2018 Winter Commencement: 'What path will you take?'

1,864 degrees conferred during two ceremonies on Saturday

Grateful College of Science student

The value of great mentors who helped their students on the road to graduation was felt throughout the campus in the days leading up to Saturday's Commencement Ceremonies at Lawlor Events Center, including "thank you" notes that were written by College of Science students to their professors. Photo courtesy of College of Science Facebook page.

2018 Winter Commencement: 'What path will you take?'

1,864 degrees conferred during two ceremonies on Saturday

The value of great mentors who helped their students on the road to graduation was felt throughout the campus in the days leading up to Saturday's Commencement Ceremonies at Lawlor Events Center, including "thank you" notes that were written by College of Science students to their professors. Photo courtesy of College of Science Facebook page.

Grateful College of Science student

The value of great mentors who helped their students on the road to graduation was felt throughout the campus in the days leading up to Saturday's Commencement Ceremonies at Lawlor Events Center, including "thank you" notes that were written by College of Science students to their professors. Photo courtesy of College of Science Facebook page.

On a Saturday in which the Truckee Meadows was shrouded in a dreary December inversion, the mood and the message inside Lawlor Events Center for the University's annual Winter Commencement Ceremonies was decidedly sunnier and filled with optimism.

The University celebrated two Commencement ceremonies, one in the morning and one in the early afternoon, during which 1,864 degrees were conferred.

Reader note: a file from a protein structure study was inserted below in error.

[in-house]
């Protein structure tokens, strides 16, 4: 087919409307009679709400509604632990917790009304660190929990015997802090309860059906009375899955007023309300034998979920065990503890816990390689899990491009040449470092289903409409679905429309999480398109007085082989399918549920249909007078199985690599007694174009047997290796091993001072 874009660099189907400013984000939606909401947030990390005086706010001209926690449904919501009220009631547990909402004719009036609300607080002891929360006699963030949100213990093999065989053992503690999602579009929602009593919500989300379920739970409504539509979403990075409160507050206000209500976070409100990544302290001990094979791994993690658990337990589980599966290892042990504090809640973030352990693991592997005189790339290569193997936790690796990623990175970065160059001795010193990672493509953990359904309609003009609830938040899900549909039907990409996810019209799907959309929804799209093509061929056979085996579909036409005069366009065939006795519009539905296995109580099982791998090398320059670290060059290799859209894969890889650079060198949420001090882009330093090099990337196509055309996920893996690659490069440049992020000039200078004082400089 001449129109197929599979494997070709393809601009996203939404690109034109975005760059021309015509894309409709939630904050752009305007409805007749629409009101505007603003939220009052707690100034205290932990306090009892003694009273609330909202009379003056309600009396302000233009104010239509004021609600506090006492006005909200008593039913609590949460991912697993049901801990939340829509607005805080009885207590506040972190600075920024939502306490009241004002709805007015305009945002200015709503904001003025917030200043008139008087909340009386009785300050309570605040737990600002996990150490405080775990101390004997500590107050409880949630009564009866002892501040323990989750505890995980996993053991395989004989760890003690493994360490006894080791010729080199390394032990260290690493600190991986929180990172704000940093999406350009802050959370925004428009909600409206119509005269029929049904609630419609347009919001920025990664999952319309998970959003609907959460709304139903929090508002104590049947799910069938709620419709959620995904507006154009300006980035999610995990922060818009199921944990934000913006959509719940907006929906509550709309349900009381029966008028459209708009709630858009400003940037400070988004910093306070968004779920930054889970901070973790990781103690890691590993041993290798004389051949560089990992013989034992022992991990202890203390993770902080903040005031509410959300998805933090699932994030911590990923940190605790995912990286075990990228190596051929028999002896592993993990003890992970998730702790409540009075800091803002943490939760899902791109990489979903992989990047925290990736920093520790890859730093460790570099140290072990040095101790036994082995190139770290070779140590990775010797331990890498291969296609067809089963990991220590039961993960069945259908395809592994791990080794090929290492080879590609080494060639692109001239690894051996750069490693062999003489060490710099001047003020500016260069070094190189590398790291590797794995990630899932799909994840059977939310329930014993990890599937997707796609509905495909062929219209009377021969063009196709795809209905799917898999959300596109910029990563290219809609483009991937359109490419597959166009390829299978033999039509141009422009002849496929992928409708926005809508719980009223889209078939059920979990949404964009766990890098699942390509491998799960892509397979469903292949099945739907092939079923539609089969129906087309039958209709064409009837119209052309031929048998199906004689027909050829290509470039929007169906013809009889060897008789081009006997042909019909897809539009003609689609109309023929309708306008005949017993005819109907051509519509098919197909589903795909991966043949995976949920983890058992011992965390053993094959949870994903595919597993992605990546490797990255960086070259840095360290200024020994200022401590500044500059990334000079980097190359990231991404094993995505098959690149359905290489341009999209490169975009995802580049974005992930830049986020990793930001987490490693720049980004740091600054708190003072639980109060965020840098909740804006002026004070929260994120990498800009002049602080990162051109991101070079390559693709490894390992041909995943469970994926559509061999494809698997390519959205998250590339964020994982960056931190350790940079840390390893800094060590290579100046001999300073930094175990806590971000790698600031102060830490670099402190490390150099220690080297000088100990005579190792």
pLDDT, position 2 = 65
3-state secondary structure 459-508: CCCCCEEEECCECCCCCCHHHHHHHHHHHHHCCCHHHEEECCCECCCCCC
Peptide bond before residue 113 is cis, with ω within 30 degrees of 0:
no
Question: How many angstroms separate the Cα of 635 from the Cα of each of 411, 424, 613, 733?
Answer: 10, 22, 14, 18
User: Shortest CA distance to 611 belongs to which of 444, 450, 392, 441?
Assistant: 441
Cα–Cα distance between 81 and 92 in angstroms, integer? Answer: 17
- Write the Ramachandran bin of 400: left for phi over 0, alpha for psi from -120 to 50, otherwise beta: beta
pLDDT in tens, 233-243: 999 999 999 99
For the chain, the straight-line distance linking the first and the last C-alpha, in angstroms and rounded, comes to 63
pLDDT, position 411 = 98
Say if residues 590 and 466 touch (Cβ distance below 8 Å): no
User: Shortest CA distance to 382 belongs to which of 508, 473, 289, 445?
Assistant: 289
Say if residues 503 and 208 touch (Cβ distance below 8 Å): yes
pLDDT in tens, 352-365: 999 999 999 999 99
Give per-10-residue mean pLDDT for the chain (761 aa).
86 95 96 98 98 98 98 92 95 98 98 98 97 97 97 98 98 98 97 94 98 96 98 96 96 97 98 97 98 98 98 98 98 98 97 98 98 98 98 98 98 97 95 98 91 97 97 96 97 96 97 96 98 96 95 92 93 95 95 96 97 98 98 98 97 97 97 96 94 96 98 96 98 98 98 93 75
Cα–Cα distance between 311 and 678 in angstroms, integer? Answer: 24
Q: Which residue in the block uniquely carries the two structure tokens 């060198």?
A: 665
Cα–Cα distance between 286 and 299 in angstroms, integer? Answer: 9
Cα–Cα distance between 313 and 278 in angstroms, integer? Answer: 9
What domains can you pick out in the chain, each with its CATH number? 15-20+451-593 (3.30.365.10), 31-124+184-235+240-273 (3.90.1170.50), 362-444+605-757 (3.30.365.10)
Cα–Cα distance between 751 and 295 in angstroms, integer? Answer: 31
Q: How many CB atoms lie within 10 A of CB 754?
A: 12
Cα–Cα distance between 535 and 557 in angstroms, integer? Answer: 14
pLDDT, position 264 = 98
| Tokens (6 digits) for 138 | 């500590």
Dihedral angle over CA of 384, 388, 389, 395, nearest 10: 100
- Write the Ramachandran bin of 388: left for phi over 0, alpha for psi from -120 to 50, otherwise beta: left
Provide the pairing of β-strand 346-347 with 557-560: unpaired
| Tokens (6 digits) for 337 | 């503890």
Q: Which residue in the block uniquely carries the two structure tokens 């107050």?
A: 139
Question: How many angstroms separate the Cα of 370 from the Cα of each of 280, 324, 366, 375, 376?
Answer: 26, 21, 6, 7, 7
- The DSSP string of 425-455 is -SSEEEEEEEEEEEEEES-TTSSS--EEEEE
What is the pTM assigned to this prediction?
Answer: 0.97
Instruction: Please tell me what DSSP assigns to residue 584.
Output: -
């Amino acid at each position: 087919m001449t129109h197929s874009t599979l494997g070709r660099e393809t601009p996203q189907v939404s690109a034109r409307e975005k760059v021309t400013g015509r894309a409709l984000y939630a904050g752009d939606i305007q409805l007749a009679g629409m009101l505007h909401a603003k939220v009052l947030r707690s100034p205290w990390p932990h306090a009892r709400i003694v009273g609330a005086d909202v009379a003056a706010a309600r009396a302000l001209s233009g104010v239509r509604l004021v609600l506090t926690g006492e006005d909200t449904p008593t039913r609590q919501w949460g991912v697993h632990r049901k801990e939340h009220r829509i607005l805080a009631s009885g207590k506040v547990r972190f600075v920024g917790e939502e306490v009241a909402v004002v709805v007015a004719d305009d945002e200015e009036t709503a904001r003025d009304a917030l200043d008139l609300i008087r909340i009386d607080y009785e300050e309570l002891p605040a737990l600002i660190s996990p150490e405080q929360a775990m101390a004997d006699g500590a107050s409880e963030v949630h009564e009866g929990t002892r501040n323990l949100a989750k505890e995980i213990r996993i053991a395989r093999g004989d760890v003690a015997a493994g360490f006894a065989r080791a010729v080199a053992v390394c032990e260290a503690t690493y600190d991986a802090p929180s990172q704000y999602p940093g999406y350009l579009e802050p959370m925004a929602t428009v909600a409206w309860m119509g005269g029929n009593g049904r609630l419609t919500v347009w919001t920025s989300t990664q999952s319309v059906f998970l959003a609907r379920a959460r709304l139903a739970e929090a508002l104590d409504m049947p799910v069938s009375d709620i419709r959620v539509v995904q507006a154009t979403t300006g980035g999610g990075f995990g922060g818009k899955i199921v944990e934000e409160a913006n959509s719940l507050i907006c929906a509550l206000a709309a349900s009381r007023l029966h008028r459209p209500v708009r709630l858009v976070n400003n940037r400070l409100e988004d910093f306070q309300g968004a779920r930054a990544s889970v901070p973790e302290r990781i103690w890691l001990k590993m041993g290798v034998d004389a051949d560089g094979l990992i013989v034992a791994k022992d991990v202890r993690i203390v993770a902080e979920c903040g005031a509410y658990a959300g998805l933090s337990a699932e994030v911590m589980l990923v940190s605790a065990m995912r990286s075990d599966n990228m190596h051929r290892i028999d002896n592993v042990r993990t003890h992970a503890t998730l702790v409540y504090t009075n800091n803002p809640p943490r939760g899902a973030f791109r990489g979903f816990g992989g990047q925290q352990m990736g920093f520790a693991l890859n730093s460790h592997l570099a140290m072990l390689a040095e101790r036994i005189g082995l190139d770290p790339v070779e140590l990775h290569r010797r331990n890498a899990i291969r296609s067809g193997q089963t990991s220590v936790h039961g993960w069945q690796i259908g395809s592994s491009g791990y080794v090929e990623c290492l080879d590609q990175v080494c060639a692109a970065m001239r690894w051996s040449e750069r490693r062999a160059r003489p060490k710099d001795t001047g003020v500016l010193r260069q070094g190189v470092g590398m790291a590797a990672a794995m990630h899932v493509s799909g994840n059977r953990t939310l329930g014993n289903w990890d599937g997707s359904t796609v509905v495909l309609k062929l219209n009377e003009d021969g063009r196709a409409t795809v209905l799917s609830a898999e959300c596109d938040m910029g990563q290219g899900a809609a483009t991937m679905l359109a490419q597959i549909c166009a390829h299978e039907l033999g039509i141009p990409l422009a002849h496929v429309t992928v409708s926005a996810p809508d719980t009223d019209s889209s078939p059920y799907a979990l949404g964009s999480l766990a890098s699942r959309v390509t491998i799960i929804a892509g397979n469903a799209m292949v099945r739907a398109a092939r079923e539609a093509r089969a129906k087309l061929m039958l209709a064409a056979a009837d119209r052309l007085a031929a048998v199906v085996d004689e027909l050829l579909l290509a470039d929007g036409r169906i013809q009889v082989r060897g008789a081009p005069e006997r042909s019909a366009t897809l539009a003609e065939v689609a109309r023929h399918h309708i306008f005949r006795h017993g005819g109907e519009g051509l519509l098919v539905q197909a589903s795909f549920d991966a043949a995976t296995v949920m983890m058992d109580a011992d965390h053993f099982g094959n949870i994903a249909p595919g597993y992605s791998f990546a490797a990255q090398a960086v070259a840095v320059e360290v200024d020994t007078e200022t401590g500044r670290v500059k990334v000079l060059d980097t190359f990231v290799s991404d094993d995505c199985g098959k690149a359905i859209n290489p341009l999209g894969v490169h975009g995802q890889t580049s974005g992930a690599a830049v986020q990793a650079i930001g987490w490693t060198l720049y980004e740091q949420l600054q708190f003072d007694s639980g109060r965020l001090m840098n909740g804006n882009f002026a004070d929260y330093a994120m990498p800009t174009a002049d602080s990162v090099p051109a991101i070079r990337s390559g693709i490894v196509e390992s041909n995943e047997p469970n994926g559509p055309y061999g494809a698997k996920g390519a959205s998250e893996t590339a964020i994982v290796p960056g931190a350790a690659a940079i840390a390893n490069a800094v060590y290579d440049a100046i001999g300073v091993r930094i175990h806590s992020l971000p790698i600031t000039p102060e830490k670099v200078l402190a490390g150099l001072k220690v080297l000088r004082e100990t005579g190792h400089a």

James Hardesty, Nevada State Supreme Court Justice and a 1970 graduate of the University, was the featured speaker for both ceremonies.

Hardesty used examples from his own experience while a student at the University - in 1969-70 he was student body president - to emphasize the point that even during times of turmoil, the University has always found the common ground needed to understand all perspectives and points of view.

"Much like the students of my generation who were confronted with controversy, anger, and hate, many of you have encountered much the same," Hardesty said. "So the question for us then, and the question facing you now, is how to proceed in our dialogue and debate. Do we retreat into our social enclaves and give up or do we engage, work together, and improve our lives as a community, state, and country?

"What path will you take? I submit that you cannot communicate when you are not listening, and you cannot listen if you are unwilling to learn."

Hardesty used the days following the killings of four students at Kent State University in Ohio in 1970 as background to explain how the University responded to the prospect of more violence on college campuses.

"We decided it was best to focus our energy on the issues we could immediately influence, while still creating a campus dialogue on national issues," he said. "We realized that we didn't have our hands on the levers of power just yet, but what we did have was a platform to make our immediate world better while continuing to care about and engage the broader system."